Almodóvar roots for the big screen

Cannes jury president weighs in to Netflix row.

by Richard Mowe

Cannes jury duty for (from left) Park Chan-Wook, Maren Ade, Will Smith, Agnès Jaoui, Pedro Amodóvar, Jessica Chastain and Paolo Sorrentino.
Cannes jury duty for (from left) Park Chan-Wook, Maren Ade, Will Smith, Agnès Jaoui, Pedro Amodóvar, Jessica Chastain and Paolo Sorrentino. Photo: Richard Mowe

The president of the Cannes Film Festival jury, Pedro Almodóvar, who has never been one to shirk controversy, today (17 May) weighed in to the debate about the place of Netflix in film festivals if the films do not get a subsequent release in cinemas.

This year the Festival, which has two titles from the streaming platform in the official selection (Bong Joon-Ho’s Okja in competition and Noah Baumbach’s The Meyerowitz Stories out of competition), has decreed that from next year films must be able to be seen in cinemas. Netflix decided that these two titles would not find a place on cinema screens outside the festival shows and would not budge on their decision.

Jury president Pedro Almodóvar
Jury president Pedro Almodóvar Photo: Richard Mowe

The issue had so incensed Almodóvar (a previous Palme d’Or winner) that he had prepared a statement in case the topic was raised at the traditional gathering of the jury and the media on the first day of the Festival.

He said: "Digital platforms are a new way of offering words and images, which in itself are enriching. But these platforms should not take the place of existing forms like the movie theatres. They should under no circumstances change the offer for spectators. The only solution I think is that the new platforms accept and obey the existing rules that are already adopted and respected by the existing networks.

"I personally don’t perceive the Palme d’Or ought to be given to a film that is then not seen on the big screen. All this doesn’t mean that I am not open or celebrate new technologies and opportunities, but [as long as] I'm alive I’ll be fighting for the capacity of hypnosis of the large screen for the viewer."

He added that the size of the screen should not be smaller than the chair on which you are sitting. “It should not be part of your everyday setting. You must feel small and humble in front of the image that’s here.”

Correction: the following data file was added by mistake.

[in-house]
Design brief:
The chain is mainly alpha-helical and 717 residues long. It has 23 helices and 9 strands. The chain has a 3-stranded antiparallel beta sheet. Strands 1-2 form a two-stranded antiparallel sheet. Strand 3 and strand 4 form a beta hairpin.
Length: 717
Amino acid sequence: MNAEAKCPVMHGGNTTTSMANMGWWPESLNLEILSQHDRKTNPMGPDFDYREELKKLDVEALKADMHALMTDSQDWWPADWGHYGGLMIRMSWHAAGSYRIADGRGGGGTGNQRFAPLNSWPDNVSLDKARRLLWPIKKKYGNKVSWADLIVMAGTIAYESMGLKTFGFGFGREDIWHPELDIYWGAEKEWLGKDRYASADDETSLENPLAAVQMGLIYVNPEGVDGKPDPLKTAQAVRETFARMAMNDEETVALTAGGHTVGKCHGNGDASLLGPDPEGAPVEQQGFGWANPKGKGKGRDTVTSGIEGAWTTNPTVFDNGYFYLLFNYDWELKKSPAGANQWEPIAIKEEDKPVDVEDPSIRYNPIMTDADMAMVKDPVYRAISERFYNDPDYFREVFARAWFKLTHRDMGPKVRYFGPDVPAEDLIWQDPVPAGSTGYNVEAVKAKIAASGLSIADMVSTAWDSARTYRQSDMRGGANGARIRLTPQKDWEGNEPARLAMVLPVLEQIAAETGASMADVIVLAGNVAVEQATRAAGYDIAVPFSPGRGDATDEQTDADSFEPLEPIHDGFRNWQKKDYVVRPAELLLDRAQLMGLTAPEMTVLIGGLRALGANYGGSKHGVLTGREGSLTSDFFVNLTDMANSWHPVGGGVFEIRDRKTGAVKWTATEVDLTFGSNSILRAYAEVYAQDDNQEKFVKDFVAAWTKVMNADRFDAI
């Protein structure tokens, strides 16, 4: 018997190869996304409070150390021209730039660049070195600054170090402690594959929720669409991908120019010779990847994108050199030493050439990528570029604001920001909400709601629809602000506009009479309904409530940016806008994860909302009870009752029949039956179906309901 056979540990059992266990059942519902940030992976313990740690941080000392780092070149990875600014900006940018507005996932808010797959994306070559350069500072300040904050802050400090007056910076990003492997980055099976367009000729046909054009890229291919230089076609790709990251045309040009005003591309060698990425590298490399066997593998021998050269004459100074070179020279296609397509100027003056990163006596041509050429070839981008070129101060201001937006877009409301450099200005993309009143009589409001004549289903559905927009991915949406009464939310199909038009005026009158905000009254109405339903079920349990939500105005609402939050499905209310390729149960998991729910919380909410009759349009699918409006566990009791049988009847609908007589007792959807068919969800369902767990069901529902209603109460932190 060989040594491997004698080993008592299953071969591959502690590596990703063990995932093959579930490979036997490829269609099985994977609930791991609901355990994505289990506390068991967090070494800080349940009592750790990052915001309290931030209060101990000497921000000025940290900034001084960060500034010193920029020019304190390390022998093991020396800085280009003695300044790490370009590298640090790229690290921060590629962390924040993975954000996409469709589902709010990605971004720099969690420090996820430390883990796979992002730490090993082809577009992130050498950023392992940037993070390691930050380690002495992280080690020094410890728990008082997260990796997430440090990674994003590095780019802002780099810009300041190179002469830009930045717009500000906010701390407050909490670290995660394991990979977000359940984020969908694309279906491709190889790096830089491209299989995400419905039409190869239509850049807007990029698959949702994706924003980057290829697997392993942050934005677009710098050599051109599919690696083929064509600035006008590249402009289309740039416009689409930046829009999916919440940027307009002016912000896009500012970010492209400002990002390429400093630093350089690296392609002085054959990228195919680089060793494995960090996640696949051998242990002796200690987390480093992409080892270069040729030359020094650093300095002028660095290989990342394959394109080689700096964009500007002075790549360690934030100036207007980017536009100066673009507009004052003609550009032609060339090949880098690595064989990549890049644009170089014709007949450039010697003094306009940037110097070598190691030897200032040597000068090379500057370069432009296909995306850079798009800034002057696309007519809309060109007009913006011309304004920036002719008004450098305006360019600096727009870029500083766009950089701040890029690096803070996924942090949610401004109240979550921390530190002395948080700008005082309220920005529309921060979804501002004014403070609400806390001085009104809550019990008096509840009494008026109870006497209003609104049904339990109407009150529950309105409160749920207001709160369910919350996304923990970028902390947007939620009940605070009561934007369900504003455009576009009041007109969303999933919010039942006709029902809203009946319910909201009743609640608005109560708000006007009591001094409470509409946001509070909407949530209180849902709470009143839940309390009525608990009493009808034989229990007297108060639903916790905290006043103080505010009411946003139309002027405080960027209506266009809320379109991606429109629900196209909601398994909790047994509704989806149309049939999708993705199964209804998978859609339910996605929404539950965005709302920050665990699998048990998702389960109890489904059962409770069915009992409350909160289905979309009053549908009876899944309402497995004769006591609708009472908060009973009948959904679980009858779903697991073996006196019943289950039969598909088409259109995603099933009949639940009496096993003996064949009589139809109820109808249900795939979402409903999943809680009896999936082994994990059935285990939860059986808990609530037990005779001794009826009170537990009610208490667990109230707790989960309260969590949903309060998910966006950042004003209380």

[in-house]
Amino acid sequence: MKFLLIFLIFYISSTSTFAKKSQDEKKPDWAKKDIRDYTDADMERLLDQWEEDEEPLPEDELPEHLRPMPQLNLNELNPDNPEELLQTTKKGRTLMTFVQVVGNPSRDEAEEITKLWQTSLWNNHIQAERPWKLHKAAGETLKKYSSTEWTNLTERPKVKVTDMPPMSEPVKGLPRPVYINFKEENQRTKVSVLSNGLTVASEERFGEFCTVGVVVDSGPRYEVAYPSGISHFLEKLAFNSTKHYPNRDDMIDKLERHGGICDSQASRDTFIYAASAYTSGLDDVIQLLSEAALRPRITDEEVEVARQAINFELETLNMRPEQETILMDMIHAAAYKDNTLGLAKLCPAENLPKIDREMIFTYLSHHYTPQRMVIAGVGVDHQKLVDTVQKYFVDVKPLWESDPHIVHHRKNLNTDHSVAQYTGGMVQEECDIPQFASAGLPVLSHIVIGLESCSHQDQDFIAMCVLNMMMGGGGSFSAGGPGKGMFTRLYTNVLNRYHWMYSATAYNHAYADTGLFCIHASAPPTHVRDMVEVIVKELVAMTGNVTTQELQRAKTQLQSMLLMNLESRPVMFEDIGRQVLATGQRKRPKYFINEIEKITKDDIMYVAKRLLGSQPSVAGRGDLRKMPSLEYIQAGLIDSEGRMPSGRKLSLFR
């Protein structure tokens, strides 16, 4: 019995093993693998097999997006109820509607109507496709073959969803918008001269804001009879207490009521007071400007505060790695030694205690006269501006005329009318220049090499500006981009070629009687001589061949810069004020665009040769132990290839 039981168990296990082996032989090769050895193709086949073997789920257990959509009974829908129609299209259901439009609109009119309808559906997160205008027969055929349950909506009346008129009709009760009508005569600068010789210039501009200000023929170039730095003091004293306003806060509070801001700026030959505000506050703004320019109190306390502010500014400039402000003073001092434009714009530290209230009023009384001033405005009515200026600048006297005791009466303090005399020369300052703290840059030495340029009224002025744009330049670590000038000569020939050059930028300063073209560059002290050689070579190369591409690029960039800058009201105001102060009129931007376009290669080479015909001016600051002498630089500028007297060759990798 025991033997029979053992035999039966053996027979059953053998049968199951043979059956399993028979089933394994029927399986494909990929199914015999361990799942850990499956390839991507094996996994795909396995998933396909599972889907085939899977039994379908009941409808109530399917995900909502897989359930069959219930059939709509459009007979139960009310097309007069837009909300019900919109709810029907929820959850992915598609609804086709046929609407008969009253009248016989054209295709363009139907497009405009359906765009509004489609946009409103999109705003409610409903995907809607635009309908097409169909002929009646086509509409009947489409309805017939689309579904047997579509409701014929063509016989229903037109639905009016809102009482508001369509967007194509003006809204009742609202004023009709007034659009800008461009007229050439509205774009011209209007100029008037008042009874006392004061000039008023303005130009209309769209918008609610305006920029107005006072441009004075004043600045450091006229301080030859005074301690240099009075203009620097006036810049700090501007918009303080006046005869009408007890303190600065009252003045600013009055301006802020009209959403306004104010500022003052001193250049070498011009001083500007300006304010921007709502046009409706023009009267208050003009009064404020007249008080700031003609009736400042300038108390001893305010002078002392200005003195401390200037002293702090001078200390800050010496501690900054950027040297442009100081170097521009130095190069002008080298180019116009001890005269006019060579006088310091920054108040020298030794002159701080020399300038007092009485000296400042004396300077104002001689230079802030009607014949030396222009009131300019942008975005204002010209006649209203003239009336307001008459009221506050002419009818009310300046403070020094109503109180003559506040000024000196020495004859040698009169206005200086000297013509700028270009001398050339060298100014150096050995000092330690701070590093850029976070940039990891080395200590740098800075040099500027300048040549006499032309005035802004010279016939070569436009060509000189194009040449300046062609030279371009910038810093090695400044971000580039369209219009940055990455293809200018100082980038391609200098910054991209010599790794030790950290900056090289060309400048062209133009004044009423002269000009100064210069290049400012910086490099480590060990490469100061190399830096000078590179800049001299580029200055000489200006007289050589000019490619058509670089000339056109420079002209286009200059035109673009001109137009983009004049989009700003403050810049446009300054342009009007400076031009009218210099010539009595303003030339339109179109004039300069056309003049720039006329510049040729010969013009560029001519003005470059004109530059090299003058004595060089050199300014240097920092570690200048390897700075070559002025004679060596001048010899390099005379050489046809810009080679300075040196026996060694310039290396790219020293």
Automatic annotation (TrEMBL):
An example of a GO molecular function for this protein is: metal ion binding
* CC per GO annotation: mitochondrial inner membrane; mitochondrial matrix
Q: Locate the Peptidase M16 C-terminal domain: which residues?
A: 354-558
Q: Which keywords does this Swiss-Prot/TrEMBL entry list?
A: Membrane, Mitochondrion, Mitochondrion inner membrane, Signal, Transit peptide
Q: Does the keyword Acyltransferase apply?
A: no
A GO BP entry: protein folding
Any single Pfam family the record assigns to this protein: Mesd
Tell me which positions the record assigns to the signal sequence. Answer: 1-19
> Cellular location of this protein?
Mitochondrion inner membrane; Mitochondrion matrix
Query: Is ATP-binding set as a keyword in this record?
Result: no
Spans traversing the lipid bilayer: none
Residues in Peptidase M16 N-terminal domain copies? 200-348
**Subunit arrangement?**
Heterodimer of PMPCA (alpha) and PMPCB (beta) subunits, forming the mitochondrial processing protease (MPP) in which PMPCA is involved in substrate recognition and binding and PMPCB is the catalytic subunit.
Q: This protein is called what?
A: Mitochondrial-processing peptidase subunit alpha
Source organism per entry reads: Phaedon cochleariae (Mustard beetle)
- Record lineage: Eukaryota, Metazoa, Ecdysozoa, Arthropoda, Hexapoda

Will Smith
Will Smith Photo: Richard Mowe

A gung-ho Will Smith, however, offered another perspective, suggesting that his sons (aged 16, 18 and 24) watch Netflix but also go to the cinema at least twice a week. “In my house Netflix has been nothing but a benefit because they watch films they would not otherwise have seen. It has broadened their cinematic horizons,” said Smith, who has a new film, the blockbuster Bright (a cop thriller) in a deal with … Netflix.

Jessica Chastain and Paolo Sorrentino are also on the jury, alongside German director Maren Ade (Toni Erdmann), South Korean director Park Chan-wook (The Handmaiden), Chinese star Fan Bingbing (Iron Man 3), French actress Agnes Jaoui (The Taste of Others) and Oscar-winning composer Gabriel Yared (The English Patient) but they declined to become embroiled in the controversy.

Chastain noted that she would keep herself aloof from any influences during her period of duty - even to the extent of telling her friends not to call for the next ten days. Smith gave assurances that he too would be taking it all very seriously by “going to bed every night so I can watch wide awake and focused.” He could barely contain his excitement at the idea of watching three films a day - something he had not done since he was 14.

The results of the jury’s deliberations will be revealed on the closing night of the festival on May 28.

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